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About Omaha daily bee. (Omaha [Neb.]) 187?-1922 | View Entire Issue (April 15, 1874)
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km- APPl.RTOroS OUR FORESTS. a-e destroyed, i believe it woui.i Money and Commerce. soaps msf $. t;o
iillLiOlUi.' U nn Pr thu TTi!vn irhnllv ...;- t, -.. o. 1 Wyoming U
Sew Revised .Edition.
F.n'irclv rewritten by the ablest niT3 on
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z . : . , ' i..." !i. ..i ..
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The only Unown remely for
And a positivo cur Jor
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fiOOHAQS F02 AD7I0S AfD COI.
SOLTATI0S. Dr. J. B. Dyott, graduate of JelTer
son Aledic-il College, Thiladelphia,
jiuthor of several valuable worts,
can bo coasulted on all diseases of
tbe Sexual and Urinary organs
(wbich lie lias mailo an especial
study), cither in male or female, no
matter from what causa originating
or of how long standing A practice
of 30 years enables him to treat dis
eases with succeu. Cures guaran
teed. Charges reasonable. These at
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ag symptoms and enclosing stamp to
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J. B. DYOTT, M. D.,
Phvaician and Surgeon, 104 Daane
street, F. Y.
'OBSTACLES to MARRIAGE.
Happy Eellef for Tonng Slea from the iact
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Kew method of treatment. Kcw and remark
mble remedies. Books and circulars sent free,
tTtcledenTelopa. Address HOIVARD AS
SOCIATION, Jfo. 2 South Klnth. St- PUladel
nals, Tt an Institution hirinr a high pa
iti. itt oaiirsMf oaaff-ift aad Brolessioiisl
, ...- . ...u. ,.,.., u.ji.c.i-i . rnwpi im u).. aoan mnmuaciurers. .Mtw.nn ix.
Earnest Appeal For
Shameful Waste of Timber Effect
of Forest3 on Eain-Eall.
Letter from Gen. Brisbin to Sena
rrrom the Chicago Tribune April 12th.
Omaha, ZS"eb., April 4, 1S74.
To P. W. Jltlcheoc!:, United Stales
Senate, Washington, D. C:
MyDeakScxator: I cannot say
when I was more gratified than in
reading the papers tie other day
that the President had made the
preservation of our forests the sub
ject of a special message to Con
gress, and recommended the pa.s
sasje of an act creating a Commis
sioner of Forestry. I doubt if a
wier recommendation has been
made by any President, and I hope
Congress will not adjourn without
acting upon that message. None
but those who have tree-growing,
and the criminal waste of timber, a
careful study, can appreciate the ne
cevdty of legislation on this subject.
"We Have now left untouched,
in the whole United States,
but one really great tract
of timlc-f conMing of about one
half of Washington territory, anil a
third of Oregon. California has,
perhaps, o00,000 acres of fore-.t, one
half of which has been cutaway
within the hut two years; but that
State, aware of the future necessity,
and keenly alive to the depletion of
our forests, has already commenced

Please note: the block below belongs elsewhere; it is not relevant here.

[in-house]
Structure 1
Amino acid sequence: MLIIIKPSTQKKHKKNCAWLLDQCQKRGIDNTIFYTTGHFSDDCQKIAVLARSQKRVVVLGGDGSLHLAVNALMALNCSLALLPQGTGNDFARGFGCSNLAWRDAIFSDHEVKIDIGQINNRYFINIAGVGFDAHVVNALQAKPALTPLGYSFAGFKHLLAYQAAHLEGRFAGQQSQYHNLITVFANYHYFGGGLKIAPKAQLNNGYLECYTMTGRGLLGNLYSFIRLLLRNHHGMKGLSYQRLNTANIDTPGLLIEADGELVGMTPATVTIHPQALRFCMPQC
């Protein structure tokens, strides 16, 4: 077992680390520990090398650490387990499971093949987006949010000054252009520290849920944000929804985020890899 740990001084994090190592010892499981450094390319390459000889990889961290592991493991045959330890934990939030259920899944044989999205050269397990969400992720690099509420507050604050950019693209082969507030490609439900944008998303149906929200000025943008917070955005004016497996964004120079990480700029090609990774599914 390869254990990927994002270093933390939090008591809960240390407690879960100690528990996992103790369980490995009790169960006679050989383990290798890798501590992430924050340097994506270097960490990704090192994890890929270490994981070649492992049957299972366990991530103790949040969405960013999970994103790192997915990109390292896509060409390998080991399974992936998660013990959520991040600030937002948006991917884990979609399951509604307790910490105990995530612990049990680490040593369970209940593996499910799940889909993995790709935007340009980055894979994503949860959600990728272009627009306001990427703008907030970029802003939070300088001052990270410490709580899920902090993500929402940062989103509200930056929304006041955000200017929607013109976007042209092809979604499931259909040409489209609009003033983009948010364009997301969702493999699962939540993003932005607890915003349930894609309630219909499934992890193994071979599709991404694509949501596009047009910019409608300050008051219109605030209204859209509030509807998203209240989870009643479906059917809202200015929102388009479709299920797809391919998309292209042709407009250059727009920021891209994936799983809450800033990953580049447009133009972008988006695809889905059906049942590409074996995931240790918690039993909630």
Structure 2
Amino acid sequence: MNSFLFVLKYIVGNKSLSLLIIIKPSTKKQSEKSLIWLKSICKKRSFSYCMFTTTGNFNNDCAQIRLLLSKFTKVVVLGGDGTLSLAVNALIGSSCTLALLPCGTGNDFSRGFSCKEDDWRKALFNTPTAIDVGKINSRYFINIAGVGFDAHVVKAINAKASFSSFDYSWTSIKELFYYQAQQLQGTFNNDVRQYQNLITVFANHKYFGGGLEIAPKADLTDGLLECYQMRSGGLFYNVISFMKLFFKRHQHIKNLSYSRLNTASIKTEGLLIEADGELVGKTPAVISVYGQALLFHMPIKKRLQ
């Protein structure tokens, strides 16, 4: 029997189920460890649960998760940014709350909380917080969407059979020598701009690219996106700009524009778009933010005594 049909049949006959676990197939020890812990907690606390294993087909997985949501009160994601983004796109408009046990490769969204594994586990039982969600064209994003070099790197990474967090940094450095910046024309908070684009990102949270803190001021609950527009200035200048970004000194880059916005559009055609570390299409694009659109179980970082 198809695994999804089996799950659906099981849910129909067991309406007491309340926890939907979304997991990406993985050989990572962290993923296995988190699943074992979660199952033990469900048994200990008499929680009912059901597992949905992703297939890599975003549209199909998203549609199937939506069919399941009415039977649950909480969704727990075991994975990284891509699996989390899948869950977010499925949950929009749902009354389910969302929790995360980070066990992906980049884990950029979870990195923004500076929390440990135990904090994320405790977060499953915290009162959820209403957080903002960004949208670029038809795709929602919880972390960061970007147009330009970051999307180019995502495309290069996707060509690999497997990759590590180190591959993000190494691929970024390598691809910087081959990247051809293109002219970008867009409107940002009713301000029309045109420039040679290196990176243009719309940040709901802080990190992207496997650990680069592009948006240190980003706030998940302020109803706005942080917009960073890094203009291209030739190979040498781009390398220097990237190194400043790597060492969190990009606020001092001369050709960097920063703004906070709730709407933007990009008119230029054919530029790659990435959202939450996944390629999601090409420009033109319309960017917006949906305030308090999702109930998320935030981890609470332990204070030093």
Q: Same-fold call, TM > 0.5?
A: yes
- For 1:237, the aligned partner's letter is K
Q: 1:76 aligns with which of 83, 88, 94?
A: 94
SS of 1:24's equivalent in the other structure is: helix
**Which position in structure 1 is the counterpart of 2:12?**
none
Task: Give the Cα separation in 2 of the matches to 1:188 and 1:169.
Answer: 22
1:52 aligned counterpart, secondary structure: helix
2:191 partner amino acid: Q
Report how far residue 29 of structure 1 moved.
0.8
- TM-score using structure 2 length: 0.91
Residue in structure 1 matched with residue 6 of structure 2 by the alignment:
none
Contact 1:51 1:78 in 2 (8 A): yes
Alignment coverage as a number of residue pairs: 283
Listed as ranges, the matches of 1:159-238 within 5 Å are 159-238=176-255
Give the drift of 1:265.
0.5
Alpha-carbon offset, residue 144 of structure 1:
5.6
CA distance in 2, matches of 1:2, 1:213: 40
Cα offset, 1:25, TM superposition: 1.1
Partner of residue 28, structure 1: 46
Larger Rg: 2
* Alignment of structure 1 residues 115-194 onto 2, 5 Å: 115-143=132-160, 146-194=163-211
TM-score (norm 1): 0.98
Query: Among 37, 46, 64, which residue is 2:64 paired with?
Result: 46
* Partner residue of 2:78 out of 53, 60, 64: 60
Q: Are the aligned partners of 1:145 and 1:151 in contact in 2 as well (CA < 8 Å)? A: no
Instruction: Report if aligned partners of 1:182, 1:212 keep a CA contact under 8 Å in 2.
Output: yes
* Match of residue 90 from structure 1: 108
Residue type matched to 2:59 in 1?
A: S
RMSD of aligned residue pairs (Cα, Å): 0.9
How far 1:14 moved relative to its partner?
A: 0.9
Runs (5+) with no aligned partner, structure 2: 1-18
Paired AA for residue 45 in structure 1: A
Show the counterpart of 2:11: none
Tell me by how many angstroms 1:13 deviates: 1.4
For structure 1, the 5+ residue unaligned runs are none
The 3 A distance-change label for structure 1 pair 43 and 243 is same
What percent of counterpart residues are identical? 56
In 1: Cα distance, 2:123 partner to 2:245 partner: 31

the cultivation of the Australia a
tree that grows rapidly aud to great
New York has lost her maple,
walnut, Jiickory, and has now no
considerable forest left, except what
is to be found in her Adirondacks.
The AViscon&in fore-N arc in process
of rapid destruction, no les than
1,030,000,000 feet having been cut in
a single year. Tons of thousands
of loirs are annually raftitl down the
Mississippi to towns in Iowa, where
they are cut into lumber. One
firm, Young & Co., I am told,
have a mill at Clinton, Town, that
runs 200 aws, and three fourths of
all the lumber they cut goes to Kan
sas and Nebraska. In one vear, 1S5,
000,000 feet of Wi-consin logs were
cut in Iowa ; and I predict that, if
the present destruction goes on, in
ten or twelve years at most, not only
the forests of Wisconsin, but Michi
gan and Minnesota, will be swept
away. Only consider for a moment
that 50,000 acres of Wisconsin tim
ber are cut annually to supplj- tho
Kansas and Nebraska market alone.
The Saginaw forests are now practi
cally destroyed : antl, if the North
ern Pacilic railroad should le built,
It will open up and subject to the
ax the Oregon and Washington
territory forest, and then the last
great belt of American tjniber will
be destroyed. Let us at least save,
and use with economy, the magnifi
cent yellow fir trees (many of them
300 feetbigh) that cover this portion
ofour public domain.
The greatest cormorants we
have to contend with will bo
railroads They already use
hundred and sixty millions of
annually, and our railroading
but just begun. Ties have to be re
placed every seven years; antl, when
10,000 miles more of rail have been
laid, it will require all the young
trees in the country to supply the
demand for ties. A tie, as every
one knows, Js made from j'oung
timber,. the trees being only eight to
ten inches in diameter, and few
treos will cut more than two ties.
There can no longer be any doubt
that the rain-fall and wator-aourscs
of a country are greatly affected by
A peach-tree will give oiT 18
pounds, or about 1 gallons, of
moisture every twelve hours. The
evaporation, then, from the earth
through trpes must be immense,
the roots often drawing from under
ground springs, ami throwing oil"
through their branches vast
volurqos of humid air. Especially
Is this true of Kansas and Nebraska,
where, at a depth of sonje 20 feet,
white sand is struck which is so full
of water that, in many places, suo
terraneous streams have been
formed, and arc frequently struck
when boring for shafts for wells.
I think the great currents of air
which leave the Pacific Coast humid
aud warm empty in the snows on
tho Rocky Mountains; and, leaving
the mountatns dry, they sweep over
tho Grent PJains, finding no mois
ture to take up untj they pass over
tbe Missouri and Mis4isppi, whou,